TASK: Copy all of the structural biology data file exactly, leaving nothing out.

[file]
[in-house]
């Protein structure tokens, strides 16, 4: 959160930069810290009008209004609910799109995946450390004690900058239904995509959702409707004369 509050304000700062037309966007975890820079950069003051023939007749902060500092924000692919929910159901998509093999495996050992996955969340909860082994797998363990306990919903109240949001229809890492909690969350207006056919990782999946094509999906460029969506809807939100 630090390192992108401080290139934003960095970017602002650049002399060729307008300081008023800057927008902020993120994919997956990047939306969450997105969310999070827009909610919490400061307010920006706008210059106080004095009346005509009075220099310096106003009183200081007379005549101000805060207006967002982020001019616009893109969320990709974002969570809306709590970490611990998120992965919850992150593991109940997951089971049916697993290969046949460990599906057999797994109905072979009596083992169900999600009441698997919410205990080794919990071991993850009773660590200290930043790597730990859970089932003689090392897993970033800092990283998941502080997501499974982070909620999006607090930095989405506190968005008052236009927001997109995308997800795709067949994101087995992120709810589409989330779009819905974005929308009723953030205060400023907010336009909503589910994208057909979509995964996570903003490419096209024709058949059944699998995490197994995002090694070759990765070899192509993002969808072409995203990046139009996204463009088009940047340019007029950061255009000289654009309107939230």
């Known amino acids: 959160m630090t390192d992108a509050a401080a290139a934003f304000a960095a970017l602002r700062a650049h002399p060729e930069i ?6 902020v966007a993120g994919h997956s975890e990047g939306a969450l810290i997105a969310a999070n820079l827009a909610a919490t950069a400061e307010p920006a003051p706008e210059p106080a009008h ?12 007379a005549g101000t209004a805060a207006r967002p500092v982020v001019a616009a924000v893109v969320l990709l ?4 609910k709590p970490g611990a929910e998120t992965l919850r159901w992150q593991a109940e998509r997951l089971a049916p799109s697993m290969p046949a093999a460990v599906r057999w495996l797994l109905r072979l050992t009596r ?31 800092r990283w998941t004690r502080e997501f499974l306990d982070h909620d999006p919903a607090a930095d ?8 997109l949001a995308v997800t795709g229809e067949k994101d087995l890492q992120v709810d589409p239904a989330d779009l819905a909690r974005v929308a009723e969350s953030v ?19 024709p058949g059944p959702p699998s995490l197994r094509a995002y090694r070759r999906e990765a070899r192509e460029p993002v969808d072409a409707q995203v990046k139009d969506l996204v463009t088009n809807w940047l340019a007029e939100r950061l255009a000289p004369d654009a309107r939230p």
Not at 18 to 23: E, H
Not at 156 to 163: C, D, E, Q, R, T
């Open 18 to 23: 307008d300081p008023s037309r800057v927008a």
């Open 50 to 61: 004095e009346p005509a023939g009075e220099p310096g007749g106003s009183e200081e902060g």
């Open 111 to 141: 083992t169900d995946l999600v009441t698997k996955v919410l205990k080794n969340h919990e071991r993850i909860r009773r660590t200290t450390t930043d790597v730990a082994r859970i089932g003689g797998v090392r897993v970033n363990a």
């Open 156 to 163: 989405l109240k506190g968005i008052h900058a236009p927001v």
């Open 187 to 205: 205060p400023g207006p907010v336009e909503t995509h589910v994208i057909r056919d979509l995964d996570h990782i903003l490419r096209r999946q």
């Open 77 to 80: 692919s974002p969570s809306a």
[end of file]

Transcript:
[in-house]
């Protein structure tokens, strides 16, 4: 959160930069810290009008209004609910799109995946450390004690900058239904995509959702409707004369 509050304000700062037309966007975890820079950069003051023939007749902060500092924000692919929910159901998509093999495996050992996955969340909860082994797998363990306990919903109240949001229809890492909690969350207006056919990782999946094509999906460029969506809807939100 630090390192992108401080290139934003960095970017602002650049002399060729307008300081008023800057927008902020993120994919997956990047939306969450997105969310999070827009909610919490400061307010920006706008210059106080004095009346005509009075220099310096106003009183200081007379005549101000805060207006967002982020001019616009893109969320990709974002969570809306709590970490611990998120992965919850992150593991109940997951089971049916697993290969046949460990599906057999797994109905072979009596083992169900999600009441698997919410205990080794919990071991993850009773660590200290930043790597730990859970089932003689090392897993970033800092990283998941502080997501499974982070909620999006607090930095989405506190968005008052236009927001997109995308997800795709067949994101087995992120709810589409989330779009819905974005929308009723953030205060400023907010336009909503589910994208057909979509995964996570903003490419096209024709058949059944699998995490197994995002090694070759990765070899192509993002969808072409995203990046139009996204463009088009940047340019007029950061255009000289654009309107939230």
């Known amino acids: 959160m630090t390192d992108a509050a401080a290139a934003f304000a960095a970017l602002r700062a650049h002399p060729e930069i ?6 902020v966007a993120g994919h997956s975890e990047g939306a969450l810290i997105a969310a999070n820079l827009a909610a919490t950069a400061e307010p920006a003051p706008e210059p106080a009008h ?12 007379a005549g101000t209004a805060a207006r967002p500092v982020v001019a616009a924000v893109v969320l990709l ?4 609910k709590p970490g611990a929910e998120t992965l919850r159901w992150q593991a109940e998509r997951l089971a049916p799109s697993m290969p046949a093999a460990v599906r057999w495996l797994l109905r072979l050992t009596r ?31 800092r990283w998941t004690r502080e997501f499974l306990d982070h909620d999006p919903a607090a930095d ?8 997109l949001a995308v997800t795709g229809e067949k994101d087995l890492q992120v709810d589409p239904a989330d779009l819905a909690r974005v929308a009723e969350s953030v ?19 024709p058949g059944p959702p699998s995490l197994r094509a995002y090694r070759r999906e990765a070899r192509e460029p993002v969808d072409a409707q995203v990046k139009d969506l996204v463009t088009n809807w940047l340019a007029e939100r950061l255009a000289p004369d654009a309107r939230p």
Not at 18 to 23: E, H
Not at 156 to 163: C, D, E, Q, R, T
């Open 18 to 23: 307008d300081p008023s037309r800057v927008a």
């Open 50 to 61: 004095e009346p005509a023939g009075e220099p310096g007749g106003s009183e200081e902060g």
């Open 111 to 141: 083992t169900d995946l999600v009441t698997k996955v919410l205990k080794n969340h919990e071991r993850i909860r009773r660590t200290t450390t930043d790597v730990a082994r859970i089932g003689g797998v090392r897993v970033n363990a």
């Open 156 to 163: 989405l109240k506190g968005i008052h900058a236009p927001v």
């Open 187 to 205: 205060p400023g207006p907010v336009e909503t995509h589910v994208i057909r056919d979509l995964d996570h990782i903003l490419r096209r999946q």
């Open 77 to 80: 692919s974002p969570s809306a």